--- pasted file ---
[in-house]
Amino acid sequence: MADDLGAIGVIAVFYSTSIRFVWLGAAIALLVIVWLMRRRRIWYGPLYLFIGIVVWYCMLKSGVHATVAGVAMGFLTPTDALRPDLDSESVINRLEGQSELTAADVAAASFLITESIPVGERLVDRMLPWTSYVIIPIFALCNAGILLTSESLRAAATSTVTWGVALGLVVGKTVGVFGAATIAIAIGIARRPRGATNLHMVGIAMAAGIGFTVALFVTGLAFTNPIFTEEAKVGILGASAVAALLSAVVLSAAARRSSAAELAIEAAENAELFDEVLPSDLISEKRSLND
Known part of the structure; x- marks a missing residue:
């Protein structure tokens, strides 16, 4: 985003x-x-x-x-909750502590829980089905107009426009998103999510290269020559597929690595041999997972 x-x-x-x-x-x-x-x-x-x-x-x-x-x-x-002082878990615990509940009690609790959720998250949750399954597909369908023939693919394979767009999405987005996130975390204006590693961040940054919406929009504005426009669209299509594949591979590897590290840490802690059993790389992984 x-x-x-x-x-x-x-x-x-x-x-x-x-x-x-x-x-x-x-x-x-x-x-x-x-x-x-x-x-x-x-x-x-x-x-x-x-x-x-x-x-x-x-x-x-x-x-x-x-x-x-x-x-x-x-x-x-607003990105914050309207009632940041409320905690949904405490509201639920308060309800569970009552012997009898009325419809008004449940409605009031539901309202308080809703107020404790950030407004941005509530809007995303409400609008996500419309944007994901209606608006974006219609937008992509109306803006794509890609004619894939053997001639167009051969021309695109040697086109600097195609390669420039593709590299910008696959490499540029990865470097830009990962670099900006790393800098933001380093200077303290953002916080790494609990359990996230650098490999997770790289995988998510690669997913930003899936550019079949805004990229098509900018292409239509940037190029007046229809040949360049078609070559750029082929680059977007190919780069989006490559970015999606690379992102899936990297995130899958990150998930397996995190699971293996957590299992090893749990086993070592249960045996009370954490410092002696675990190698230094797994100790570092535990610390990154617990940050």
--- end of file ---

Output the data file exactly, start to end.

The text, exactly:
[in-house]
Amino acid sequence: MADDLGAIGVIAVFYSTSIRFVWLGAAIALLVIVWLMRRRRIWYGPLYLFIGIVVWYCMLKSGVHATVAGVAMGFLTPTDALRPDLDSESVINRLEGQSELTAADVAAASFLITESIPVGERLVDRMLPWTSYVIIPIFALCNAGILLTSESLRAAATSTVTWGVALGLVVGKTVGVFGAATIAIAIGIARRPRGATNLHMVGIAMAAGIGFTVALFVTGLAFTNPIFTEEAKVGILGASAVAALLSAVVLSAAARRSSAAELAIEAAENAELFDEVLPSDLISEKRSLND
Known part of the structure; x- marks a missing residue:
């Protein structure tokens, strides 16, 4: 985003x-x-x-x-909750502590829980089905107009426009998103999510290269020559597929690595041999997972 x-x-x-x-x-x-x-x-x-x-x-x-x-x-x-002082878990615990509940009690609790959720998250949750399954597909369908023939693919394979767009999405987005996130975390204006590693961040940054919406929009504005426009669209299509594949591979590897590290840490802690059993790389992984 x-x-x-x-x-x-x-x-x-x-x-x-x-x-x-x-x-x-x-x-x-x-x-x-x-x-x-x-x-x-x-x-x-x-x-x-x-x-x-x-x-x-x-x-x-x-x-x-x-x-x-x-x-x-x-x-x-607003990105914050309207009632940041409320905690949904405490509201639920308060309800569970009552012997009898009325419809008004449940409605009031539901309202308080809703107020404790950030407004941005509530809007995303409400609008996500419309944007994901209606608006974006219609937008992509109306803006794509890609004619894939053997001639167009051969021309695109040697086109600097195609390669420039593709590299910008696959490499540029990865470097830009990962670099900006790393800098933001380093200077303290953002916080790494609990359990996230650098490999997770790289995988998510690669997913930003899936550019079949805004990229098509900018292409239509940037190029007046229809040949360049078609070559750029082929680059977007190919780069989006490559970015999606690379992102899936990297995130899958990150998930397996995190699971293996957590299992090893749990086993070592249960045996009370954490410092002696675990190698230094797994100790570092535990610390990154617990940050």